By Ellie Kay
In the best-selling children's book, "The Giving Tree," the story begins: "Once there was a tree... and she loved a little boy." (Shel Silverstein, Harper Collins, 2002) Every day, the boy would come to the tree to eat her apples, swing from her branches or slide down her trunk - and the tree was happy. But as the boy grew older, he began to want more from the tree, and the tree kept giving and giving.
This is a tender story, touched with sadness, aglow with consolation. The two central themes are unconditional giving and unmindful acceptance. Shel Silverstein leaves some meaning of the book open to interpretation, as it ends with nothing left of the tree but a stump. You could interpret it as (1) the tree gave too much; (2) the boy, who became an old man, took too much; or (3) the tree was happy in giving until it could give no more. You might even have a different interpretation of your own.
Many Americans are generous, and giving peaks during the holiday season. What better time than Christmas to put giving into practice in ways both generous and tax-smart? Here are some ideas to get your family started.
Donate to your local church and community. Many non-profit organizations help teach spiritual values, run kids summer programs, provide food and clothing to orphanages, and send money to disaster victims such as those displaced by hurricane Katrina. Obtain tax-deductible receipts for all donations to any non-profit organization, including homeless shelters, Goodwill, Salvation Army and agency thrift shops.
Double up. What if you're just getting started and don't think you'll have enough deductions to itemize on your income tax return? You could "double up" on your giving by deferring until January 2006 the year-end gifts you would otherwise provide in December 2005. Then give your regular gifts in December 2006. This "doubling up" likely will give you the amount you need to itemize.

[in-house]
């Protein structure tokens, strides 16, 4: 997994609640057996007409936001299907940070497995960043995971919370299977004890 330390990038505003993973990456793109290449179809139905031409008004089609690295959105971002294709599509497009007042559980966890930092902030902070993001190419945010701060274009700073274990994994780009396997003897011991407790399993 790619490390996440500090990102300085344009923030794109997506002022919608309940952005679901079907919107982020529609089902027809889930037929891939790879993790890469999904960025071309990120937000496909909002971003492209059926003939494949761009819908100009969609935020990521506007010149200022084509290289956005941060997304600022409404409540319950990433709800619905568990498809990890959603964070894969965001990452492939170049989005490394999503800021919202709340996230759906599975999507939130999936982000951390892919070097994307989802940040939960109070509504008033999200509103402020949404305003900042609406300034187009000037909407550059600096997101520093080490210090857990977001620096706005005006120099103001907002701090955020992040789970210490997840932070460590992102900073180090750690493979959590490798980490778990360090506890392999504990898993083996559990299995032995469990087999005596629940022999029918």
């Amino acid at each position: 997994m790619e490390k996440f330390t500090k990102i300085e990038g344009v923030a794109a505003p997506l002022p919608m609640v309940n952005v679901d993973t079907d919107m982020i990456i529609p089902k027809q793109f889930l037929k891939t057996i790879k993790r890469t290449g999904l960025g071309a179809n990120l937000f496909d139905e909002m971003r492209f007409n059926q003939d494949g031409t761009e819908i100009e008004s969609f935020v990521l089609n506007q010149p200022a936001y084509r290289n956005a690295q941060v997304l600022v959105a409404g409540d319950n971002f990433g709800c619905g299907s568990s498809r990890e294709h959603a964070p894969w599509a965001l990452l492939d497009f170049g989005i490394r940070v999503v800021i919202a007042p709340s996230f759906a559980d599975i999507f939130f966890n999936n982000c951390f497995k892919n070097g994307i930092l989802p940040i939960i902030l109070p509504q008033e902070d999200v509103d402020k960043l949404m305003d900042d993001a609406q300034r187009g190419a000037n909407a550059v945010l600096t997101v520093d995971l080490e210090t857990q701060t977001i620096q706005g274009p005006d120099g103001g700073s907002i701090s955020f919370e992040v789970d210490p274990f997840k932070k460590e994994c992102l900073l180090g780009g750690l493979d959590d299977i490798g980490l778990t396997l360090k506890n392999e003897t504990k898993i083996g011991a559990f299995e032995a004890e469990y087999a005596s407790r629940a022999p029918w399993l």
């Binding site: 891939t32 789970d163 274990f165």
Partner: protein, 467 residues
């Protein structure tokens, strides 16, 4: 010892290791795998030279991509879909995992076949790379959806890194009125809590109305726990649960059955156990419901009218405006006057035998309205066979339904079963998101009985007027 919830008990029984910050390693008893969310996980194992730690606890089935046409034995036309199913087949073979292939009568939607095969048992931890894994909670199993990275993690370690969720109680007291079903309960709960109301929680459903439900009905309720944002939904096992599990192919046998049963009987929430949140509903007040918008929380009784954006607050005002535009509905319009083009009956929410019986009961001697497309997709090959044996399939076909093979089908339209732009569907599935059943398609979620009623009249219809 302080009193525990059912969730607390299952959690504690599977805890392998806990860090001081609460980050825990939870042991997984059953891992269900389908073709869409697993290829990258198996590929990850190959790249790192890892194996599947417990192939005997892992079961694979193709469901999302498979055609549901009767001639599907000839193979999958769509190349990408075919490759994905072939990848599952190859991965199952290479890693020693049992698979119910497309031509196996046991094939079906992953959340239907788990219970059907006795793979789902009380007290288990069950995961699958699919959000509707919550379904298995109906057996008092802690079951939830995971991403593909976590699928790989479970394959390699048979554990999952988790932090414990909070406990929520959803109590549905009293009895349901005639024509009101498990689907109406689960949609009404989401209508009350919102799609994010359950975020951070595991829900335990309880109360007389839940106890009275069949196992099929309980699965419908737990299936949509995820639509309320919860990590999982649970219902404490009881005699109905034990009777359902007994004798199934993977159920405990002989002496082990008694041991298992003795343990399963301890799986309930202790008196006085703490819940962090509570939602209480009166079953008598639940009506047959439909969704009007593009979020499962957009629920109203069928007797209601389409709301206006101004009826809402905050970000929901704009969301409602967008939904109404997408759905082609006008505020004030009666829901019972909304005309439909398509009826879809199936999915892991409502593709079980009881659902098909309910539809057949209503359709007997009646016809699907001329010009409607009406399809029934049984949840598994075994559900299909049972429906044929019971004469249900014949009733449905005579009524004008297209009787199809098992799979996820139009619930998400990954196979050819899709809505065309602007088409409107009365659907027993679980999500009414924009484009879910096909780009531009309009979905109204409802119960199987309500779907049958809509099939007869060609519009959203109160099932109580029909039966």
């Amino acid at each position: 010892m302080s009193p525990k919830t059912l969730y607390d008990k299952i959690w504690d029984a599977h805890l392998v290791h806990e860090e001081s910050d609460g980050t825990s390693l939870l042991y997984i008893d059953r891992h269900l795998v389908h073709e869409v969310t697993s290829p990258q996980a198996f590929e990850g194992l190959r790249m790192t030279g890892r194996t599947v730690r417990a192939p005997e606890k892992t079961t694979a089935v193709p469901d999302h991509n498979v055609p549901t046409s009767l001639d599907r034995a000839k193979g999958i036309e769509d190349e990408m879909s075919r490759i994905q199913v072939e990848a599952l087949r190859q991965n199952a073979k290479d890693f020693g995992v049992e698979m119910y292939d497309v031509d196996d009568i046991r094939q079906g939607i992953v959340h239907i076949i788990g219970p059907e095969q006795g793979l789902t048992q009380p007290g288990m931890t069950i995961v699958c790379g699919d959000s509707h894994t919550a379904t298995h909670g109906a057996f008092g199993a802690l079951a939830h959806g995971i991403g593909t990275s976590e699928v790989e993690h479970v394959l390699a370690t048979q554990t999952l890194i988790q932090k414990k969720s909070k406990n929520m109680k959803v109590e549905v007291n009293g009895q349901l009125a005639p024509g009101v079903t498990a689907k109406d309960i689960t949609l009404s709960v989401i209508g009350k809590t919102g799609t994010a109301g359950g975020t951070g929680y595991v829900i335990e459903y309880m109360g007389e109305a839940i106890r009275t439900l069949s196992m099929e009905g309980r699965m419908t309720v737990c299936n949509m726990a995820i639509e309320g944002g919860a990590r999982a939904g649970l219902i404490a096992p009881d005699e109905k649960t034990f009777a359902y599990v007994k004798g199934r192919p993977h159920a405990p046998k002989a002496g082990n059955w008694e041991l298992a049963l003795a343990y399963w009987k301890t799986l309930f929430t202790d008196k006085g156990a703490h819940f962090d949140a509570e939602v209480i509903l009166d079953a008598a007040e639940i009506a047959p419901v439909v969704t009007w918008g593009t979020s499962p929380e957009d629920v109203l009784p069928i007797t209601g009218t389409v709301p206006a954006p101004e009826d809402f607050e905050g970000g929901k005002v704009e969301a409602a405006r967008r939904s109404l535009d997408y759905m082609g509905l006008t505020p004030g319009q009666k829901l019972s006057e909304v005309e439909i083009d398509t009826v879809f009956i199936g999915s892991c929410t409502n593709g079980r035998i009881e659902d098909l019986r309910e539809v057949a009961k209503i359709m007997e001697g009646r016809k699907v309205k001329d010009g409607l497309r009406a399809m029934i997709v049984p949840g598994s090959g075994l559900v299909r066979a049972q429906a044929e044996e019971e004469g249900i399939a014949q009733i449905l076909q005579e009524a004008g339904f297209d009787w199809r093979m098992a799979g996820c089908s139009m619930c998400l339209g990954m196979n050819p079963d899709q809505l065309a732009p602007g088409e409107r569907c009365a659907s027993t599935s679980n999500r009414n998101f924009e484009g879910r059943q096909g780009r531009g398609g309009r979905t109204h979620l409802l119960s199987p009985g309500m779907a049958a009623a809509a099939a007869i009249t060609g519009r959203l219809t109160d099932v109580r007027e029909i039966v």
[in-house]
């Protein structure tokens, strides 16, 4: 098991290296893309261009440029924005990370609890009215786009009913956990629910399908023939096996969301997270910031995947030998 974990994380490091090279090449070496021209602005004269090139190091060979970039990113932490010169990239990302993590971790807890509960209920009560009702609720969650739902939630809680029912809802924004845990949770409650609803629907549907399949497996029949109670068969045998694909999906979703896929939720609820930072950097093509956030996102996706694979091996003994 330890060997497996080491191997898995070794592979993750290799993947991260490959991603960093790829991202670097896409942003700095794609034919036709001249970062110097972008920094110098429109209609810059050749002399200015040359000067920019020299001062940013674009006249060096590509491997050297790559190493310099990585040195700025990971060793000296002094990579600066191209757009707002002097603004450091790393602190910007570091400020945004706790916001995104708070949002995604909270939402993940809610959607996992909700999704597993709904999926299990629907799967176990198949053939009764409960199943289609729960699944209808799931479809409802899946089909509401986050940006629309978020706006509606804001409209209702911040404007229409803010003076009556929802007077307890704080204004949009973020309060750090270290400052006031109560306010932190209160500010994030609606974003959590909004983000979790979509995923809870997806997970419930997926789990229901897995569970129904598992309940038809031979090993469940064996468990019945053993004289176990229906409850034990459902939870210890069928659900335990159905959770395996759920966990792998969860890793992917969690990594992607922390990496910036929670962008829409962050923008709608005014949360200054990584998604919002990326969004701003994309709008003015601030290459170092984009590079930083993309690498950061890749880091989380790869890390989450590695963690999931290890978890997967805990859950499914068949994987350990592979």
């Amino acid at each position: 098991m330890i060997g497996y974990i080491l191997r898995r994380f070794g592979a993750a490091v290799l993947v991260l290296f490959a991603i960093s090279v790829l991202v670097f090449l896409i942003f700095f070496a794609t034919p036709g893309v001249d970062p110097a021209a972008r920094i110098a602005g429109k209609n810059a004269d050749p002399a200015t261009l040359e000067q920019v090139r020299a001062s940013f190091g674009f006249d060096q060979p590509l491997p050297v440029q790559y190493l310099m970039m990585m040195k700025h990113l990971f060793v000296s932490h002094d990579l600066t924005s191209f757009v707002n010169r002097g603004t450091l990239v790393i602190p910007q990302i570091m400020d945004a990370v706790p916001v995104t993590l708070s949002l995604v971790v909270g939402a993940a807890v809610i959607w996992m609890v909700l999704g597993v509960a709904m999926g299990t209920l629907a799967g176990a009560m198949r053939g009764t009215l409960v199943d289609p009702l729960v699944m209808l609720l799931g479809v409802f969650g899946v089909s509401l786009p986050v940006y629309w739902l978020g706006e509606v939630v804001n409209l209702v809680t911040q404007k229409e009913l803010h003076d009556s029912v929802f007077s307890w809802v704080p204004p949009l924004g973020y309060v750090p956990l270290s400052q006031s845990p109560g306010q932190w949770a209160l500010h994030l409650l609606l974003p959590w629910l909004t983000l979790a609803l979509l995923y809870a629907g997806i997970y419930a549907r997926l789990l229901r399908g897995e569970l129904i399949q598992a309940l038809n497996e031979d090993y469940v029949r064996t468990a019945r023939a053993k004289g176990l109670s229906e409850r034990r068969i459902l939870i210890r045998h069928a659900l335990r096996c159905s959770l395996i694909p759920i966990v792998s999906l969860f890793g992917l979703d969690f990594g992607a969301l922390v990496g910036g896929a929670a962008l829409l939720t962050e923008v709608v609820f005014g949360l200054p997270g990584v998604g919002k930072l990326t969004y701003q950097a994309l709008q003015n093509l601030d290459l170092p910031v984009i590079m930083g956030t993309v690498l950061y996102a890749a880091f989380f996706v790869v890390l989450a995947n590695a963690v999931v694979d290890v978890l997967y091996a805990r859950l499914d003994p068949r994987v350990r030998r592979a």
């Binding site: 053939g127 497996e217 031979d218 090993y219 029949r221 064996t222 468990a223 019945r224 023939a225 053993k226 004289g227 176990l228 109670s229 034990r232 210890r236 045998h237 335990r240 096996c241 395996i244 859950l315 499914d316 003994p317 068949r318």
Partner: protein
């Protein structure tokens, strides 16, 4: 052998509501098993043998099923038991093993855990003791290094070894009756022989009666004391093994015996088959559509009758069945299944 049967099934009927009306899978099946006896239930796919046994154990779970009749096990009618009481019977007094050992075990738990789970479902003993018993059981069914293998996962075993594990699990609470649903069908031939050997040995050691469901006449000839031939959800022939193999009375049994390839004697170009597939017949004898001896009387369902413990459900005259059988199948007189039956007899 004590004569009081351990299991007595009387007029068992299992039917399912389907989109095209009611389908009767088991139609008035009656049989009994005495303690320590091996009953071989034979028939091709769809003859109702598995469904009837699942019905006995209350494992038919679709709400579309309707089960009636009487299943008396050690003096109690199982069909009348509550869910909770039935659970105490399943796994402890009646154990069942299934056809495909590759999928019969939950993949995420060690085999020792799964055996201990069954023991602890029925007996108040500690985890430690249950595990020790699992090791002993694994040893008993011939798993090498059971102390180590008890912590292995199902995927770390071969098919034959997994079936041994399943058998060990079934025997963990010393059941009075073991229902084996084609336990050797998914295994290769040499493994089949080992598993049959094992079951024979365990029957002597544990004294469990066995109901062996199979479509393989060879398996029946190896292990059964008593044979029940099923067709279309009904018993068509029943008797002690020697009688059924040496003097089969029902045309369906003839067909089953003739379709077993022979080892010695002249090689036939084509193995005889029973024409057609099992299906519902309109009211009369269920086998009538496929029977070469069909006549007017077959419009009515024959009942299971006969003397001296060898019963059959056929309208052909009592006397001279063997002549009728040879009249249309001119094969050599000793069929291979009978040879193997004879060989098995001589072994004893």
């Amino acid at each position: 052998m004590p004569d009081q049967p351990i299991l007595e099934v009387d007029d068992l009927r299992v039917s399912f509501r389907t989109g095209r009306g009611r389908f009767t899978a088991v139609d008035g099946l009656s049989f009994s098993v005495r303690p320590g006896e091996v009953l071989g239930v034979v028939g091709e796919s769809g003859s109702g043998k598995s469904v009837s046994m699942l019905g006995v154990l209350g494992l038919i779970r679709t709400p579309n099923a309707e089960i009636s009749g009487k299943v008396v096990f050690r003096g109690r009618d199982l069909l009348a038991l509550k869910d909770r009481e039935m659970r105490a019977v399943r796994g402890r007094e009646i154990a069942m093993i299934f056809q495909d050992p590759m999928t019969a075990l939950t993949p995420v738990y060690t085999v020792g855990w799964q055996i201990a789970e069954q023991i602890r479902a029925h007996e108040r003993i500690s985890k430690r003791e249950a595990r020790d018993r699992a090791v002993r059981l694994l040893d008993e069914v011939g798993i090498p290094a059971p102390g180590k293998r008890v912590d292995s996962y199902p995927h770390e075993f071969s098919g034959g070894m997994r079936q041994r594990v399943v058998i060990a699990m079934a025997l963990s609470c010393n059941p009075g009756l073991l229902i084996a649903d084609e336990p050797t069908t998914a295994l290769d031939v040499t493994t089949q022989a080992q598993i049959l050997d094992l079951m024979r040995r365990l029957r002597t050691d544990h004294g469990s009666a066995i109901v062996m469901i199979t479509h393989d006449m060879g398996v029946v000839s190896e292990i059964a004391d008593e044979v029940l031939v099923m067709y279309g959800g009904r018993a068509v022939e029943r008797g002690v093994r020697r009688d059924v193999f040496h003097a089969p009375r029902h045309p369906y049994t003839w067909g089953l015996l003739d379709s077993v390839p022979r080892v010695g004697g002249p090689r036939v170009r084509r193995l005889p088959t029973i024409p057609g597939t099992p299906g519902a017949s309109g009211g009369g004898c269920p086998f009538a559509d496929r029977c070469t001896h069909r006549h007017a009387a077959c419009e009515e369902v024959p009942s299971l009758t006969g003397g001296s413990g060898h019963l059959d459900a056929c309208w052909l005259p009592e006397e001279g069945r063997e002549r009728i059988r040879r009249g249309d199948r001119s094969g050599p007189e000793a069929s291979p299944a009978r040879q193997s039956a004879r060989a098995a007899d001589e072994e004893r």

Don't fund fat salaries, fancy overhead or excessive fundraising expenses. The Better Business Bureau's Wise Giving Alliance helps donors make informed giving decisions through its charity evaluations, "tips" publications and quarterly "Wise Giving Guide." You can access this information by calling (703) 276-0100 or going to Give.org.
Detailed recordkeeping pays off. If you itemize, you'll need all receipts for donations of $250 or more. If you give away more than $250 worth of clothing throughout the year, you should have saved all receipts for tax purposes. The money donated directly to a needy person is not deductible. It would be better to donate the amount anonymously to your church and have it send the donation to the family in need. Check with your tax specialist for your state and federal tax laws.
Start your own "foundation." If you are fortunate enough to have a large gain from a stock or mutual fund held for more than one year, consider using it to become essentially your own "foundation." For example, if you own $5,000 worth of stock that you bought years ago for only $1,000, then you can donate the stock by setting up a Fidelity Charitable Gift Fund account (1-800-682-4438). By doing this, you get an immediate $5,000 tax deduction and do not pay taxes on the $4,000 gain. As that $5,000 grows through the years, you will instruct the company that manages your "foundation" where to donate the proceeds. Charitable gift funds also are available thorough Vanguard (1-888-383-4483) Schwab (1-800-746-6216) or Schwab Charitable.
Kid philanthropists. You may want to allow your children to manage a donation in a pre-determined amount ($25, $50 or whatever you have budgeted). They are able to research a variety of non-profit groups and decide which one will receive their donation, then you donate the amount in your child's name. You get the tax benefit, your child gets the thank-you note, and both of you will feel good about giving.